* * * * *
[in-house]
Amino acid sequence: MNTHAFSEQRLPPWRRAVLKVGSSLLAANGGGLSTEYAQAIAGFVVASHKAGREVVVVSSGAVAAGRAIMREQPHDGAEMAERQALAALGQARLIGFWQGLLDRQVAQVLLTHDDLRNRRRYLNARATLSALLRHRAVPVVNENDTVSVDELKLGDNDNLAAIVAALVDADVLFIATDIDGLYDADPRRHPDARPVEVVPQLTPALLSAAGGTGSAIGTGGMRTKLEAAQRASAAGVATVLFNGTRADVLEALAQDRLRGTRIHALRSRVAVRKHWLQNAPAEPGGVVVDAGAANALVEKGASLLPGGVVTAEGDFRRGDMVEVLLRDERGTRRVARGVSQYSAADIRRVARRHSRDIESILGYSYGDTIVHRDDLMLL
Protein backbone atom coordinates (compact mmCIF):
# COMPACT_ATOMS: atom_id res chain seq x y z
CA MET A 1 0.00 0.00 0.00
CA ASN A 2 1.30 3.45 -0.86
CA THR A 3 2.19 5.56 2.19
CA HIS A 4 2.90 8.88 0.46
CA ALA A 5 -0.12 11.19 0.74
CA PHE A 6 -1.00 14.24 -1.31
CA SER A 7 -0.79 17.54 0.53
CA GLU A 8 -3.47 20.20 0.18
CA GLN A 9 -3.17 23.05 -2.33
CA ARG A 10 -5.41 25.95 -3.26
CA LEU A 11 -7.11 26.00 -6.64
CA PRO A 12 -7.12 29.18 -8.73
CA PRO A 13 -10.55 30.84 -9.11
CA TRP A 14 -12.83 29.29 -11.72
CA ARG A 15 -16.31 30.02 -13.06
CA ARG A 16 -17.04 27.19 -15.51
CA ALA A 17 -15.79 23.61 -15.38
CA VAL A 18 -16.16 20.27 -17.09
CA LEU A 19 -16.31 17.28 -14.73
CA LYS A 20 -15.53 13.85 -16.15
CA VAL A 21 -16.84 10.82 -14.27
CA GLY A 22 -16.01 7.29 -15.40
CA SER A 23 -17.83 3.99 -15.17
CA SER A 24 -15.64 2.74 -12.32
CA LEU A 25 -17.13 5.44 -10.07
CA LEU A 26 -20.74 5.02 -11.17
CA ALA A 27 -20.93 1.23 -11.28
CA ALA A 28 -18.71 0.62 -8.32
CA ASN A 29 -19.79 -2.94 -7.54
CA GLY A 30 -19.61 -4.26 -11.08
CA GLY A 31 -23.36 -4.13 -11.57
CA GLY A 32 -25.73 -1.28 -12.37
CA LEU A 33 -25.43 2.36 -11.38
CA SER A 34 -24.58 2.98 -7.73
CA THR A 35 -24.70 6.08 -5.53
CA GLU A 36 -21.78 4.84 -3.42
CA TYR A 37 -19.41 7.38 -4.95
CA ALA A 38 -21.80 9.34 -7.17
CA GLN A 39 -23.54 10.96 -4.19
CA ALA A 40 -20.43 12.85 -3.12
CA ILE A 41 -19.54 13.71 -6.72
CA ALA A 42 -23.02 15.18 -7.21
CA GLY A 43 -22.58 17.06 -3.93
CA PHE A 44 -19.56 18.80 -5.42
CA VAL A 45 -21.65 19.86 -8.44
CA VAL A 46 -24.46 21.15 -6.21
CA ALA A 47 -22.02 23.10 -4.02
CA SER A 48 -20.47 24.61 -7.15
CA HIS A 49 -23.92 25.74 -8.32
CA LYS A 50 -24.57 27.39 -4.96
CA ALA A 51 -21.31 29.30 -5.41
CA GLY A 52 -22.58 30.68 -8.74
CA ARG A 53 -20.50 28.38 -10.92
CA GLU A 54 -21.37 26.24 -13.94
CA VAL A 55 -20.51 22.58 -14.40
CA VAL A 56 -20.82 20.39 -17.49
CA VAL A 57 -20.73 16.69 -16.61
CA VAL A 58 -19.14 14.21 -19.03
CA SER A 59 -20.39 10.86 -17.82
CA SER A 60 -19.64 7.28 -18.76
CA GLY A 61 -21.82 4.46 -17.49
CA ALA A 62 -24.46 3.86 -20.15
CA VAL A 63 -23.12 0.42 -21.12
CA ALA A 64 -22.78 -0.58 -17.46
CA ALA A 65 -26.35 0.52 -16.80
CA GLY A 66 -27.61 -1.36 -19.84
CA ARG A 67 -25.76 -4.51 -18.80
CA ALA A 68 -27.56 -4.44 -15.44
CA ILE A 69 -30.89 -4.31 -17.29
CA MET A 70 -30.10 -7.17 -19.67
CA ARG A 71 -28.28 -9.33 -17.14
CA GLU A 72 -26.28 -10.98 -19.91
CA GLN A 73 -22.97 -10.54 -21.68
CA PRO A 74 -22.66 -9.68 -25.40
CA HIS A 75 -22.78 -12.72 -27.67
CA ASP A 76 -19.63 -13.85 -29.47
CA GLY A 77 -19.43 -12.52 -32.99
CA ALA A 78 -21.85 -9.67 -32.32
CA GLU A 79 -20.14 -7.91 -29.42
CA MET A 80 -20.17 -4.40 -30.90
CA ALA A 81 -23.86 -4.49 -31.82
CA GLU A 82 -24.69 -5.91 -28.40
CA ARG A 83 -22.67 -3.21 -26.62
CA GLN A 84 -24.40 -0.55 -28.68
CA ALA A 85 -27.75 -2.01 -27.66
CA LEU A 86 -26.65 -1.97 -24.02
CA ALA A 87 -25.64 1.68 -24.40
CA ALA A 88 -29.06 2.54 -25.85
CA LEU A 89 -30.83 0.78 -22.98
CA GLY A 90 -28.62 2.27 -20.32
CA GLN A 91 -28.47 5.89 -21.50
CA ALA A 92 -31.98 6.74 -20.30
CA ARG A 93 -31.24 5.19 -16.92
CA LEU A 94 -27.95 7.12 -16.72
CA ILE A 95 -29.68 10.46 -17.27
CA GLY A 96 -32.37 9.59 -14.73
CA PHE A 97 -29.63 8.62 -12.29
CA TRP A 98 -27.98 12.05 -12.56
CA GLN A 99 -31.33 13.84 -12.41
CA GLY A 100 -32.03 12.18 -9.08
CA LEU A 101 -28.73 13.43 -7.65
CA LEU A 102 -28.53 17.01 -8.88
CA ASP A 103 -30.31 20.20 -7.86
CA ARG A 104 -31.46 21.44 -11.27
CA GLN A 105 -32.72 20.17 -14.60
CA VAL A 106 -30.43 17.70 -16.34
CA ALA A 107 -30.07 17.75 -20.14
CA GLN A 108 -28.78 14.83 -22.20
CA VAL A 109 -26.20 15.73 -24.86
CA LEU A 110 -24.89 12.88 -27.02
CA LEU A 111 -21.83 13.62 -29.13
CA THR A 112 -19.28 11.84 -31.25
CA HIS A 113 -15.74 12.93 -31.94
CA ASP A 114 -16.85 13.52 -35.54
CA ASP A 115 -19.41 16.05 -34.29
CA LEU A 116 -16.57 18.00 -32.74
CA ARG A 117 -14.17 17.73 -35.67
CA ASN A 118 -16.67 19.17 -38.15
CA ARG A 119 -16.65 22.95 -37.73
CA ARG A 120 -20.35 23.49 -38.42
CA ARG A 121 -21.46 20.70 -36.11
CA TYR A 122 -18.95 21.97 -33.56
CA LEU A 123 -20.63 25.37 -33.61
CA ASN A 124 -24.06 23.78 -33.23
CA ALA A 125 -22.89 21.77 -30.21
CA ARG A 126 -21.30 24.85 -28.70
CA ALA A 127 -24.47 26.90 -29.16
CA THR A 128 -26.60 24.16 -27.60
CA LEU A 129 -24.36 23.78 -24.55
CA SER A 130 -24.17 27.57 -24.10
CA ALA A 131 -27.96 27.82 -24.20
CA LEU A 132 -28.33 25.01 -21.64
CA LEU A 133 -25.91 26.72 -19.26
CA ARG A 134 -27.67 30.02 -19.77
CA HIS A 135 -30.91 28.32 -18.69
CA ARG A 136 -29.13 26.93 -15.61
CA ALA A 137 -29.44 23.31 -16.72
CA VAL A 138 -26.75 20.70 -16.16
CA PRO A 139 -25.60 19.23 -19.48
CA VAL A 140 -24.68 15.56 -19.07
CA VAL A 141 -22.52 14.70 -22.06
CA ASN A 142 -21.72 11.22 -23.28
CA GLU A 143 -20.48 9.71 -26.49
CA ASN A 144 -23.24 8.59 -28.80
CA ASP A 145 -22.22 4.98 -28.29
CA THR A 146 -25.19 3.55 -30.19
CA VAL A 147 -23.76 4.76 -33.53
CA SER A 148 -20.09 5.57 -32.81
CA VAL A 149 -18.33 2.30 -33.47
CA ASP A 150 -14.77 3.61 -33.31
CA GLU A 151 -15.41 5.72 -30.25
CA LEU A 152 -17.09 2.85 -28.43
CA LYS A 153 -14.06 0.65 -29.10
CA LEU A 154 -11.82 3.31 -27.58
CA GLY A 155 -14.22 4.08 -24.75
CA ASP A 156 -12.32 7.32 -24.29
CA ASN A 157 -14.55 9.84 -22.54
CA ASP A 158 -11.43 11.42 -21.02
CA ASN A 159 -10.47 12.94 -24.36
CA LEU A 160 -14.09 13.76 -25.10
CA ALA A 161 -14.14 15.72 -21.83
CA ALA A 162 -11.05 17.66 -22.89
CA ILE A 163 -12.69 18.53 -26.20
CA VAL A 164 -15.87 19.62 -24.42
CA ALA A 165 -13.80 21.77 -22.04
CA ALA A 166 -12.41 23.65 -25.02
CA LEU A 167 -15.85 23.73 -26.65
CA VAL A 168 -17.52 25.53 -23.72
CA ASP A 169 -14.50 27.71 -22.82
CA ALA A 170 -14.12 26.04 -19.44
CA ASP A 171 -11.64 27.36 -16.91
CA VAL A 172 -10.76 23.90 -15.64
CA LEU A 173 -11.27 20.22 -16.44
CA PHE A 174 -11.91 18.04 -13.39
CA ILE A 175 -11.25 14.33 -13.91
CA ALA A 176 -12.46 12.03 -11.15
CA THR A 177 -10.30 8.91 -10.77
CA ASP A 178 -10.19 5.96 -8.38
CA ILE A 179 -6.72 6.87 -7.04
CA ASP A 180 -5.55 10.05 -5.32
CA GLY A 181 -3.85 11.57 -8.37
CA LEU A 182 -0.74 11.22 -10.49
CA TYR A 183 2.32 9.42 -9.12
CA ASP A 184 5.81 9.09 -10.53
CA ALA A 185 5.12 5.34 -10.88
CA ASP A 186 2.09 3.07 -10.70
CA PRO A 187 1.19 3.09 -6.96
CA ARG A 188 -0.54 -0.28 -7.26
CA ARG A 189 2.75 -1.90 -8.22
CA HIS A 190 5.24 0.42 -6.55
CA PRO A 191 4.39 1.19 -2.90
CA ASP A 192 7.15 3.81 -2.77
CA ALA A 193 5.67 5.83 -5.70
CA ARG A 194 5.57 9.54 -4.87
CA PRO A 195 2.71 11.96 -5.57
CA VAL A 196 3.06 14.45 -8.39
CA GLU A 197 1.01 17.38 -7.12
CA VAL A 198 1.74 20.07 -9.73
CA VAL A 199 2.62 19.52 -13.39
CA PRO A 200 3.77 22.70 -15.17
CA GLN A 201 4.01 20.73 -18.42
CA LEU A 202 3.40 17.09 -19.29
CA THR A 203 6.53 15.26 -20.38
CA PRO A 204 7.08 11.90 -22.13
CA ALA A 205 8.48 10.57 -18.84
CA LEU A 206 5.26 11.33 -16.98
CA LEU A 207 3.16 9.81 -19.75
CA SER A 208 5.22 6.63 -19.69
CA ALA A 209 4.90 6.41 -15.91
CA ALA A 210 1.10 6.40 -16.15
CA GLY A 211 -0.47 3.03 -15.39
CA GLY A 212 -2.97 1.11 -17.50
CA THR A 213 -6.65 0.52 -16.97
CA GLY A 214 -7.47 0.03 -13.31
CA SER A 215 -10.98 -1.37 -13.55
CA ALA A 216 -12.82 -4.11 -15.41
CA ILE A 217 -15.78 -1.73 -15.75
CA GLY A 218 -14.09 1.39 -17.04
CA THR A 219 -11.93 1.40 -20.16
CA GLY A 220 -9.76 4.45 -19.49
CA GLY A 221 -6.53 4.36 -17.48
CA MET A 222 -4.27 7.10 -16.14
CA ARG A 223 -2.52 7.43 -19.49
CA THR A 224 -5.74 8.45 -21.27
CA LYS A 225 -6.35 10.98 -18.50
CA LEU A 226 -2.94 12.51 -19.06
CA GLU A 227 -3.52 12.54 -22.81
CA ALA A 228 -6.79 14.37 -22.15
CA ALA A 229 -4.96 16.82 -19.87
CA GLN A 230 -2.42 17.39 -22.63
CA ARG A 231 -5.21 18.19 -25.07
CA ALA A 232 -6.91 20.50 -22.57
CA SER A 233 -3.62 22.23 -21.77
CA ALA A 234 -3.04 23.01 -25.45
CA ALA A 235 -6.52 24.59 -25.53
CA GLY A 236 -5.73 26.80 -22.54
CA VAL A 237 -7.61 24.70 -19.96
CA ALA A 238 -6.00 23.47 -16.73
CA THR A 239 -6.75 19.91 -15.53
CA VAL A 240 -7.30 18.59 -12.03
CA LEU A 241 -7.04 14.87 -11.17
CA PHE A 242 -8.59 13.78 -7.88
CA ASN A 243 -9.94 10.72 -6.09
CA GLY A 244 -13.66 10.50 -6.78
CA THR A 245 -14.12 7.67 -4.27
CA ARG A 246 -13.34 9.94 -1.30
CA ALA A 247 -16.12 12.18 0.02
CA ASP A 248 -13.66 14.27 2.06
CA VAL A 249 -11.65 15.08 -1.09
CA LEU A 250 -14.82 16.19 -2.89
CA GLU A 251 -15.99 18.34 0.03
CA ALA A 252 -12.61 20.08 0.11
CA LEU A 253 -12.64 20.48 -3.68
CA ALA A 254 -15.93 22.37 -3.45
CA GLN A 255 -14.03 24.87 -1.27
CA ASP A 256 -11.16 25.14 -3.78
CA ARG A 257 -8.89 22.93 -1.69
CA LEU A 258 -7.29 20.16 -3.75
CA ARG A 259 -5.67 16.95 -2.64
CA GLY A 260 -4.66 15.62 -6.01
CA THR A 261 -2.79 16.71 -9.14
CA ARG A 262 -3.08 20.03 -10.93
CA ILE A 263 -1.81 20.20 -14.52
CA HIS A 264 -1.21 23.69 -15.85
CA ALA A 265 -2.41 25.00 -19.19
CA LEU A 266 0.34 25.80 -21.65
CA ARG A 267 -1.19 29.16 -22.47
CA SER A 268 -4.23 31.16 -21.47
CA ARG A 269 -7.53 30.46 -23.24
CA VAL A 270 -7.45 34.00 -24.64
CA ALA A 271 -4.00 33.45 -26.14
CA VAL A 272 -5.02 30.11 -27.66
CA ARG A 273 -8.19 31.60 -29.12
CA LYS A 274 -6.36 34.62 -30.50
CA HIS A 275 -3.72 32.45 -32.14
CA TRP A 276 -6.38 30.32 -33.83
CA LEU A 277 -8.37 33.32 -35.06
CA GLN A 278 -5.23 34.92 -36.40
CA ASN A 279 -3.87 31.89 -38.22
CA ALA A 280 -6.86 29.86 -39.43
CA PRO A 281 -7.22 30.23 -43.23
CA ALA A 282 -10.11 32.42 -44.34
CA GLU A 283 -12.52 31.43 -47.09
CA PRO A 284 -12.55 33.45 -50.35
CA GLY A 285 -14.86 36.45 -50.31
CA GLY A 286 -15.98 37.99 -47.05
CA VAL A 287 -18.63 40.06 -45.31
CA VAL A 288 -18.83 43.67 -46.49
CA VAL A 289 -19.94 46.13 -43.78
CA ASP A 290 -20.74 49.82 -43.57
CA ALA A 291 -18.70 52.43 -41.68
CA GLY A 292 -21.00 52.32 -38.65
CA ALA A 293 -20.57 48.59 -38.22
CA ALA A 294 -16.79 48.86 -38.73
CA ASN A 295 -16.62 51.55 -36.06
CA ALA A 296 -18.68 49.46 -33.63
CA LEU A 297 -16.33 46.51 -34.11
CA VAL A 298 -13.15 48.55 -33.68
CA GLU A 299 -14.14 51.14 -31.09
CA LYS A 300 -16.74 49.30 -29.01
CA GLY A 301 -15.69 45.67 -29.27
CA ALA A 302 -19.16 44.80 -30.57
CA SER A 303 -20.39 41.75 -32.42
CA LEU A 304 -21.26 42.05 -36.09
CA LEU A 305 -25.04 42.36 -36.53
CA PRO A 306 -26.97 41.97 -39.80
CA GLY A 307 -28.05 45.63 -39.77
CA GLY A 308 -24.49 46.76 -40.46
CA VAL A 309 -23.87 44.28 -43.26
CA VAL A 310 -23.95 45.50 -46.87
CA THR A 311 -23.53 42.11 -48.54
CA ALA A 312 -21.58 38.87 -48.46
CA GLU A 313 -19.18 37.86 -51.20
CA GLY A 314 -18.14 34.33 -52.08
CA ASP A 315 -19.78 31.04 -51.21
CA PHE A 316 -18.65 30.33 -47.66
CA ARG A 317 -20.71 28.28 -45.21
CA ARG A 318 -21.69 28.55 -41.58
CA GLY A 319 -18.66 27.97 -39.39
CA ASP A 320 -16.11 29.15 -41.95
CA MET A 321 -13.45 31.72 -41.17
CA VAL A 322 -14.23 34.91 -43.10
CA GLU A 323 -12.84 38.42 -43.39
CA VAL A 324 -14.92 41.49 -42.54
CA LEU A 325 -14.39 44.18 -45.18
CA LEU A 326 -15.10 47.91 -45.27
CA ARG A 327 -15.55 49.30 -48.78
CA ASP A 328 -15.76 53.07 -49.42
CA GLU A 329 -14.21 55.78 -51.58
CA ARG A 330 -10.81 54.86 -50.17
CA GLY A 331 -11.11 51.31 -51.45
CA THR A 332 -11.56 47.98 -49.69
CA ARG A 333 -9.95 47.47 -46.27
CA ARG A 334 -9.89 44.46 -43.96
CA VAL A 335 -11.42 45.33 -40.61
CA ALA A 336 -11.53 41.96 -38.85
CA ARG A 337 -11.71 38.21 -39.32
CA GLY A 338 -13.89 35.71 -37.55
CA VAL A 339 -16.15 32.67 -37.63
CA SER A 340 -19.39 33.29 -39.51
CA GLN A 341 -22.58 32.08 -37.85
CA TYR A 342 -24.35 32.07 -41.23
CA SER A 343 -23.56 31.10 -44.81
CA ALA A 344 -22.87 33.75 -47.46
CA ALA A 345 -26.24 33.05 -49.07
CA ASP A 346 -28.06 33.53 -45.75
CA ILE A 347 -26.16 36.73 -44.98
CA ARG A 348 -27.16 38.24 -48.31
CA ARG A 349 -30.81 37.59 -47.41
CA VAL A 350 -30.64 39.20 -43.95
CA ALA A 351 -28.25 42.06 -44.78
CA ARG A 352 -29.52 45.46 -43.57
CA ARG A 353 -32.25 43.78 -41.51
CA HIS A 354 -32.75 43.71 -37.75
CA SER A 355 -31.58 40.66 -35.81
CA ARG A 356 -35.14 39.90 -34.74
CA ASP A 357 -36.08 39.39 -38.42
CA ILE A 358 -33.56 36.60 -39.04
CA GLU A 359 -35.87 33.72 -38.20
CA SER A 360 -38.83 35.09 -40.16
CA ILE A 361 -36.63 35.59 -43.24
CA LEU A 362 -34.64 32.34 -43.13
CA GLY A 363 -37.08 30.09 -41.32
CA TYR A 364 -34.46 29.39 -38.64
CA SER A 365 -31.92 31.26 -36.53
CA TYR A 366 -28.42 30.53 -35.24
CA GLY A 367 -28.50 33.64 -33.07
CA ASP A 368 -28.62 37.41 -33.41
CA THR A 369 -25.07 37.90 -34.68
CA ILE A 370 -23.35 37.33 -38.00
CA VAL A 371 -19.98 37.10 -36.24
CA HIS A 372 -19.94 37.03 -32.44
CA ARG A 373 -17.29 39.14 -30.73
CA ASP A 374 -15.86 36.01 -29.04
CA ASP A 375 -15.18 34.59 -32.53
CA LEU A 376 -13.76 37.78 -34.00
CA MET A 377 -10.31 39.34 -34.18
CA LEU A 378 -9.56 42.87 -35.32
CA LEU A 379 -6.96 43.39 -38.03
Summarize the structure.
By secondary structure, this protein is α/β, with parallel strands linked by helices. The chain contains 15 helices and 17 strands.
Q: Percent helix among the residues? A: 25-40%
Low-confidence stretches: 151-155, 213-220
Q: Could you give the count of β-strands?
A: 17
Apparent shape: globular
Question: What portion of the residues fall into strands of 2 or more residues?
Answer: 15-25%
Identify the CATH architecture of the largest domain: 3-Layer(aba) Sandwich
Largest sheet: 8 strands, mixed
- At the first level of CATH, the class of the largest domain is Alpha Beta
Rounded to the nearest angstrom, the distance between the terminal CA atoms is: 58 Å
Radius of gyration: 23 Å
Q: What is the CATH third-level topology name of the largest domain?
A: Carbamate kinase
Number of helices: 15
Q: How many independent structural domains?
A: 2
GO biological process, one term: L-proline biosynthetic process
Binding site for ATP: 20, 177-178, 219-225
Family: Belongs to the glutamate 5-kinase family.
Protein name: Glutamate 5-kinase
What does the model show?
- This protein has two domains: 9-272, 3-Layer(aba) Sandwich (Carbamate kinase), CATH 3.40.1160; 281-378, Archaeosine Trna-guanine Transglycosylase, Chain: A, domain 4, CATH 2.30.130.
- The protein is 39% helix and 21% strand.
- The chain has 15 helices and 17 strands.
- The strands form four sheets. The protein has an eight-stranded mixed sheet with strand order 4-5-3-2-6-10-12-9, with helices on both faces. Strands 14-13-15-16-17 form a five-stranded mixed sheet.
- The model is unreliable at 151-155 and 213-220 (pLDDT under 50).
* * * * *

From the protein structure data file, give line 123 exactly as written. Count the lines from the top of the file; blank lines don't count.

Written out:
CA ARG A 119 -16.65 22.95 -37.73